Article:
The primary emanations from the ground of all being, which the heathen called gods (as they had gods many and lords many) the New Platonists, spirits or intelligences; and the Gnostics, æons; the pseudo-Dionysius called angels. These he divided into three triads: (1.) thrones, cherubim, and seraphim; (2.) powers, lordships, authorities; (3.) angels, archangels, principalities. He classified the ordinances and officers and members of the Church into corresponding triads: (1.) The sacraments, — baptism, communion, anointing, — these were the means of initiation or consecration ; (2.) The initiators, — bishops, priests, deacons; (3.) The initiated, — monks, the baptized, catechumens.
The terms God, sin, redemption, are retained in this system, but the meaning attached to them was entirely inconsistent with the sense they bear in the Bible and in the Christian Church. The pseudo-Dionysius was a heathen philosopher in the vestments of a Christian minister. The philosophy which he taught he claimed to be the true sense of the doctrines of the Church, as that sense had been handed down by a secret tradition. Notwithstanding its heathen origin and character, its influence in the Church was great and long continued. The writings of its author were translated, annotated and paraphrased, centuries after his death. As there is no effect without an adequate cause, there must have been power in this system and an adaptation to the cravings of a large class of minds.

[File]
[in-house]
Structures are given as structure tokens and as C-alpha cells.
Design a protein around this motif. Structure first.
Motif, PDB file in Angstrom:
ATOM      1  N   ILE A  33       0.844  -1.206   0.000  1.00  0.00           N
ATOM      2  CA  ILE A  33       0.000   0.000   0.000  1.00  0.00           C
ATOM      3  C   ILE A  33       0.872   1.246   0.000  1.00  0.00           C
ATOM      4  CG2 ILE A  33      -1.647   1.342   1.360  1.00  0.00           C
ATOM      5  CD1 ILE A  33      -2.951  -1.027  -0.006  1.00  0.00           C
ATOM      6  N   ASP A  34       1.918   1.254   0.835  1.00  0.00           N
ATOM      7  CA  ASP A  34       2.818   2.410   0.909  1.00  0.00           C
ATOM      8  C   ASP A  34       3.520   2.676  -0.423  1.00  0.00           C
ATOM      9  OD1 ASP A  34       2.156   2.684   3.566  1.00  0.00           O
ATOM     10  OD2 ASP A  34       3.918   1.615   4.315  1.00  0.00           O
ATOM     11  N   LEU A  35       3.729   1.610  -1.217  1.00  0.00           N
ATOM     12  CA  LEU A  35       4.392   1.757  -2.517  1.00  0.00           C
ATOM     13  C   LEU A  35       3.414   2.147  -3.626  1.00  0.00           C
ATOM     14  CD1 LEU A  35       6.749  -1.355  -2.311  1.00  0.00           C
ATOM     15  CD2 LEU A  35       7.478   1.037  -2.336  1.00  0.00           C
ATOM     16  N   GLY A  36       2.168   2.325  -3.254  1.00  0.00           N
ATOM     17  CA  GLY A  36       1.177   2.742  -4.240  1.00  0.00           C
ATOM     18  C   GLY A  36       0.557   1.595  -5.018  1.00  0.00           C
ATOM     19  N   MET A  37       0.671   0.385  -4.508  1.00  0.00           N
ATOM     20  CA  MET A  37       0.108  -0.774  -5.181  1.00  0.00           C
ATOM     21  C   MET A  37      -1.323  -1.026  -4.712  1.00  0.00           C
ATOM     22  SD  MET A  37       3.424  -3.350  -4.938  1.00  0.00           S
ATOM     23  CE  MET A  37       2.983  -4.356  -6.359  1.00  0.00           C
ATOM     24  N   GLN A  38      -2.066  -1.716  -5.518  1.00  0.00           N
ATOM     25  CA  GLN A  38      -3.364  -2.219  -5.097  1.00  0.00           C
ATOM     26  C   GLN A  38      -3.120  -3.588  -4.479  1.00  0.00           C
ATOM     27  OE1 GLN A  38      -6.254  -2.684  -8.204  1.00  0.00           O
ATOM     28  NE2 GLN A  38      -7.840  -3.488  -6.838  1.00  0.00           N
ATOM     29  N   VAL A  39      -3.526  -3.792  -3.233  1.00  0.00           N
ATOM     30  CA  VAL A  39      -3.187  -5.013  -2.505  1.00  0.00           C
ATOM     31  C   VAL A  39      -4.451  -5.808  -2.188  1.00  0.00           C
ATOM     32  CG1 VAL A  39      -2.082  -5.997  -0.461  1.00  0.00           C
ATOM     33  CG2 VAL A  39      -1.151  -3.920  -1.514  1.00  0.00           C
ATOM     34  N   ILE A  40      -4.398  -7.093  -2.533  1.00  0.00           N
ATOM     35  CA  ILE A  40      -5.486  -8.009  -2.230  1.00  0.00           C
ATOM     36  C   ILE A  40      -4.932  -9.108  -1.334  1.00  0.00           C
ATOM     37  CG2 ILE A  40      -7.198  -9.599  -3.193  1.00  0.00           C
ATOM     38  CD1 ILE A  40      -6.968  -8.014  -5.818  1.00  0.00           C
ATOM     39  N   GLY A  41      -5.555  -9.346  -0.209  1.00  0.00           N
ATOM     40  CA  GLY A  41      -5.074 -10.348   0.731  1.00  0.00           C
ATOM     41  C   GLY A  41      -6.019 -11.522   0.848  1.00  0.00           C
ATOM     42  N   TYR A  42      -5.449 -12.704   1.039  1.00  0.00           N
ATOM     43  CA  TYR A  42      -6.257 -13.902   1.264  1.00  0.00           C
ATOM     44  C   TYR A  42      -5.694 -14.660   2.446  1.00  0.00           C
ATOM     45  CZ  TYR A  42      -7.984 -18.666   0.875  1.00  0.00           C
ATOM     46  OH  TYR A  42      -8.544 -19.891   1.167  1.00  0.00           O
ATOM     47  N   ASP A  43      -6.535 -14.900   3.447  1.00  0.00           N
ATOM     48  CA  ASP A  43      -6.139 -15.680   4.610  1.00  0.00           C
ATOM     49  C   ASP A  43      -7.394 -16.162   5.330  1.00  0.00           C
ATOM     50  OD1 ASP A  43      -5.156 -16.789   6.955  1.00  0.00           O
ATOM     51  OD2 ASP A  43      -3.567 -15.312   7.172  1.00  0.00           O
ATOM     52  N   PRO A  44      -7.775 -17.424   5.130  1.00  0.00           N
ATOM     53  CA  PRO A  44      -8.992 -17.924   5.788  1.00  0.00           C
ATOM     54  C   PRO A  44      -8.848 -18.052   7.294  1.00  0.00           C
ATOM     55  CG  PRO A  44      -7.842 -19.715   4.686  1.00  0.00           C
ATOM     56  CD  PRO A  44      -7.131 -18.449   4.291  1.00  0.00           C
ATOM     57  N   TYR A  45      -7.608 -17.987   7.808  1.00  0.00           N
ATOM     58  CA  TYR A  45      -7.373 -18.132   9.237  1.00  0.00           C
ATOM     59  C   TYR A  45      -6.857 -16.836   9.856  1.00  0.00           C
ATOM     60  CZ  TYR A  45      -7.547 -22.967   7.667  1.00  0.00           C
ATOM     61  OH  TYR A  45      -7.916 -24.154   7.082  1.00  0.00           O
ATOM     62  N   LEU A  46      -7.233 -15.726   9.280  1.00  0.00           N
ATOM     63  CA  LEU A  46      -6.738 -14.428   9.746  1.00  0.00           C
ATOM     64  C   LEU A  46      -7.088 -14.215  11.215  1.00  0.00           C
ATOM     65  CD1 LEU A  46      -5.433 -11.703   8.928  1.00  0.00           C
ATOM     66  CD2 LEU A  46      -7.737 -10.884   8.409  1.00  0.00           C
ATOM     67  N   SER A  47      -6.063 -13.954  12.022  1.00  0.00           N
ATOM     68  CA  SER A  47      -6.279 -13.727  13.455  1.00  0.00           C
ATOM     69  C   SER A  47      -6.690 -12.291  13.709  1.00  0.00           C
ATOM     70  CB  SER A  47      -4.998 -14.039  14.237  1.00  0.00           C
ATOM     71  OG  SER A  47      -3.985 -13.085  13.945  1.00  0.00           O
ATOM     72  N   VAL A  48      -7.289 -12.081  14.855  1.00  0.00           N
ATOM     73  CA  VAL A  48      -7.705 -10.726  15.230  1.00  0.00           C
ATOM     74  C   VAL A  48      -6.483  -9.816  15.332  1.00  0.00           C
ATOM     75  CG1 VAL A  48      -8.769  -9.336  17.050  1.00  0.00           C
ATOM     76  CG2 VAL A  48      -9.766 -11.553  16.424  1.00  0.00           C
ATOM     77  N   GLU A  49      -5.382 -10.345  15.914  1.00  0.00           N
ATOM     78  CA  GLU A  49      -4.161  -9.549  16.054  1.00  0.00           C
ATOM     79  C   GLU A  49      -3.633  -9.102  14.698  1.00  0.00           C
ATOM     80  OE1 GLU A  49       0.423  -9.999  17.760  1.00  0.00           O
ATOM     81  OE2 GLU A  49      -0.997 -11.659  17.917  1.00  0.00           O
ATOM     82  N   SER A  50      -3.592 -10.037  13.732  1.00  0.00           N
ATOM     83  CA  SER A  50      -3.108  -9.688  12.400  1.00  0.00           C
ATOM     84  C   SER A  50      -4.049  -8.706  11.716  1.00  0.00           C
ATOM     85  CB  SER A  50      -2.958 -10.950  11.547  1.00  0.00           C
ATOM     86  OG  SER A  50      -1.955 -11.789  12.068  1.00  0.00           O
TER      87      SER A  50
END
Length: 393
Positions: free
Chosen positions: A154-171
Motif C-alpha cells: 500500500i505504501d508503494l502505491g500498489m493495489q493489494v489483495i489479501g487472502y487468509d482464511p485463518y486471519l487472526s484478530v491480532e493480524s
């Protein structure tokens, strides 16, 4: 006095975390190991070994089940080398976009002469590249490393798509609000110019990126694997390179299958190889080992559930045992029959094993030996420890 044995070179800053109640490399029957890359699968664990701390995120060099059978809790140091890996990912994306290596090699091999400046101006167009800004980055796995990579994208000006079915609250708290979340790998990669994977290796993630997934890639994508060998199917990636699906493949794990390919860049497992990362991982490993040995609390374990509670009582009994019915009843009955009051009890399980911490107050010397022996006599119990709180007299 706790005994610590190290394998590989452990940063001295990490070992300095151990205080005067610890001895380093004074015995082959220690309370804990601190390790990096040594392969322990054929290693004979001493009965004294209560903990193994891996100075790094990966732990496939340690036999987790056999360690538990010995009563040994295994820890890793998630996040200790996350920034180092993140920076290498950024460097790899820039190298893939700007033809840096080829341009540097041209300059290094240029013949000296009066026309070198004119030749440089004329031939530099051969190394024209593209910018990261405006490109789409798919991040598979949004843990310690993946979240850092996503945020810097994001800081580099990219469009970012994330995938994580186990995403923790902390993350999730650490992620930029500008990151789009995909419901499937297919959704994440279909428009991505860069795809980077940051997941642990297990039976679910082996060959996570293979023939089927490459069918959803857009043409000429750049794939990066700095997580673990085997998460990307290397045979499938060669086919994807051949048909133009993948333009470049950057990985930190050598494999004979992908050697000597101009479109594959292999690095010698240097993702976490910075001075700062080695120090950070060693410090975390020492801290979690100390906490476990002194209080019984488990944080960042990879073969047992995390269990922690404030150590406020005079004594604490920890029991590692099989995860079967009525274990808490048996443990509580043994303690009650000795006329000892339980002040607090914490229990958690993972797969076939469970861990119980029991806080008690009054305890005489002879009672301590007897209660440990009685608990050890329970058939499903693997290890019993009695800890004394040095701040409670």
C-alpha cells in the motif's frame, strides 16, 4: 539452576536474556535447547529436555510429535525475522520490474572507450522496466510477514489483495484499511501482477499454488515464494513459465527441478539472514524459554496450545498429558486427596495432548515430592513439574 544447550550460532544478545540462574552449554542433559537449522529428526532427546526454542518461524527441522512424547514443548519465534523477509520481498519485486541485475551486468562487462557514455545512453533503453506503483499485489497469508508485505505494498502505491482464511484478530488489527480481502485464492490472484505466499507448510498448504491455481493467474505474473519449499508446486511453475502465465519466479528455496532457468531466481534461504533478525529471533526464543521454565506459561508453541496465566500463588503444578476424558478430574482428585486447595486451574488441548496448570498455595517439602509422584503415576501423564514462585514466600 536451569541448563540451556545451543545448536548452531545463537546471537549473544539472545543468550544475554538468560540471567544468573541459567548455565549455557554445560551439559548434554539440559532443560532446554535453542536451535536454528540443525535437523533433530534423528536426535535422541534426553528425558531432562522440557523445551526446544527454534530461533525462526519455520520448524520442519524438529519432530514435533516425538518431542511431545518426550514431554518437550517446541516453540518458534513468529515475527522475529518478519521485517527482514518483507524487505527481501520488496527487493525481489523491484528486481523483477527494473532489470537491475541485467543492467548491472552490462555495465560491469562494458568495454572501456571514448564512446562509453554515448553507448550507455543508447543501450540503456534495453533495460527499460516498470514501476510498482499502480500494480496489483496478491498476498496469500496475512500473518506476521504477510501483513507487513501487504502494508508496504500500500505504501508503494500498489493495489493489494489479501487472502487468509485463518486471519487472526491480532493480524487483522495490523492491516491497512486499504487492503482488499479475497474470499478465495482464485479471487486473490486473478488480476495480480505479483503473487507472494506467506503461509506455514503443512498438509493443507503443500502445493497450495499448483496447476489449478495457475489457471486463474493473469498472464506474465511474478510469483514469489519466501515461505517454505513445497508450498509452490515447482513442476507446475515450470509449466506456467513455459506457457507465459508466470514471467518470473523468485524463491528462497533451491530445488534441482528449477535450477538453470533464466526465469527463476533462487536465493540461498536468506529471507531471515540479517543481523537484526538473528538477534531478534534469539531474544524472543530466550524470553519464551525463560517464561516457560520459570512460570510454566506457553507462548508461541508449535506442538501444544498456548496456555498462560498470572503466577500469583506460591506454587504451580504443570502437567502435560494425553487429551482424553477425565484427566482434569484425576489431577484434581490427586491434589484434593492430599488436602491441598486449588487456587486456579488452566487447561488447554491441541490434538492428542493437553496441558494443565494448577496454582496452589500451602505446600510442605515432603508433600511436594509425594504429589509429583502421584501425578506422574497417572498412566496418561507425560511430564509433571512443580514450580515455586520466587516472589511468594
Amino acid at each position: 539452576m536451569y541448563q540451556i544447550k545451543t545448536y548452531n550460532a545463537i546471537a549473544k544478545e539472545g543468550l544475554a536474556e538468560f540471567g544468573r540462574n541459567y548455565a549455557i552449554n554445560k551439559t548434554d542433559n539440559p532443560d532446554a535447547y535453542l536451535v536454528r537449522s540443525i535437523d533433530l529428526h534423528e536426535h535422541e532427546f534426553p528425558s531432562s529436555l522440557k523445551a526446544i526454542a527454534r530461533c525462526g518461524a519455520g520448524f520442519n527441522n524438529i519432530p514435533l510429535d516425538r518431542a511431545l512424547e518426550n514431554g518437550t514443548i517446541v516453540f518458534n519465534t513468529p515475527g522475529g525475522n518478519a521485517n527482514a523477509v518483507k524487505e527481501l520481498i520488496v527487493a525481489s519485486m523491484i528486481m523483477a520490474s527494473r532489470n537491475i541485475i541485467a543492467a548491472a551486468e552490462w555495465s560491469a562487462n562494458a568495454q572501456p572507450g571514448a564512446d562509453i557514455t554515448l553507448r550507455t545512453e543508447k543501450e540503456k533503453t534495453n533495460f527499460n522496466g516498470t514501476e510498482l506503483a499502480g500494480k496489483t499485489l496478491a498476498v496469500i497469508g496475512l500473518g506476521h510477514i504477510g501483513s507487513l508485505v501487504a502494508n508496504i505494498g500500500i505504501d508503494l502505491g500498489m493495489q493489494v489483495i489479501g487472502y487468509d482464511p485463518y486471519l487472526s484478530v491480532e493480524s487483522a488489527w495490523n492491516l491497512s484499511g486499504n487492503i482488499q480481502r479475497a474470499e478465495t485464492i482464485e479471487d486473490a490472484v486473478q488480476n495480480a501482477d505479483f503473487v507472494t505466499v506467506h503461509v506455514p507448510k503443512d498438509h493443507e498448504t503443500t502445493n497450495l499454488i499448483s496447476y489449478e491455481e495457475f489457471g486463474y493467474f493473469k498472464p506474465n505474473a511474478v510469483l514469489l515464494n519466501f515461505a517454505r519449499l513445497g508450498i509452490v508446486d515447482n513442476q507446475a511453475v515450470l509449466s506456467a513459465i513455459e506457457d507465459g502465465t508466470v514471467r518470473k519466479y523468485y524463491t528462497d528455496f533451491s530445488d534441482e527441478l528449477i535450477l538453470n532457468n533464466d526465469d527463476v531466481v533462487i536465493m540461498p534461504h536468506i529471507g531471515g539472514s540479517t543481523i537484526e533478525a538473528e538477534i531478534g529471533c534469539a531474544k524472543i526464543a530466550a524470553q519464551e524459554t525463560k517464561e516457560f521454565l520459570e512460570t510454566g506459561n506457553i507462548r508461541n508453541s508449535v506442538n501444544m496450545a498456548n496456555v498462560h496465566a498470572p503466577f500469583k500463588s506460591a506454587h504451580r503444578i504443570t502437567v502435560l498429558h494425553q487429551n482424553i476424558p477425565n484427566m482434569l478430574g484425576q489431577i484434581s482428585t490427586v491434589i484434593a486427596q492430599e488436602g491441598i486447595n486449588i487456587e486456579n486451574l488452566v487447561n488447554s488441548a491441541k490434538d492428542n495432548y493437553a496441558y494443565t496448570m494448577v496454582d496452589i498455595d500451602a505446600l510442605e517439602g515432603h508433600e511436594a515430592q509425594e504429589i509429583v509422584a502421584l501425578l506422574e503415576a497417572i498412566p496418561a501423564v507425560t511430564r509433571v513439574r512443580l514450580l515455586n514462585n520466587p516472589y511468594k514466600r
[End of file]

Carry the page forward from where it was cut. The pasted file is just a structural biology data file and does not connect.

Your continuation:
Causes of the Influence of the Writings of the pseudo-Dionysius.
To account for its extensive influence it may be remarked: (1.) That it did not openly shock the faith or prejudices of the Church. It did not denounce any received doctrine or repudiate any established institution or ordinance. It pretended to be Christian. It undertook to give a deeper and more correct insight into the mysteries of religion. (2.) It subordinated the outward to the inward. Some men are satisfied with rites, ceremonies, symbols, which may mean anything or nothing; others, with knowledge or clear views of truth. To others, the inner life of the soul, intercourse with God, is the great thing. To these this system addressed itself. It proposed to satisfy this craving after God, not indeed in a legitimate way, or by means of Gods appointment. Nevertheless it was the high end of union with him that it proposed, and which it professed to secure. (3.) This system was only one form of the doctrine which has such a fascination for the human mind, and which underlies so many forms of religion in every age of the world; the doctrine, namely, that the universe is an efflux of the life of God, — all things flowing from him, and back again to him from everlasting to everlasting. This doctrine quiets the conscience, as it precludes the idea of sin; it gives the peace which flows from fatalism; and it promises the absolute rest of unconsciousness when the individual is absorbed in the bosom of the Infinite.3030See Rixner’s Geschichte der Philosophie, vol. i. §§ 168-172. Ritter’s Geschichte der Christlichen Philosophie, vol. ii. pp. 115-135. Herzog’s Encyklopädie.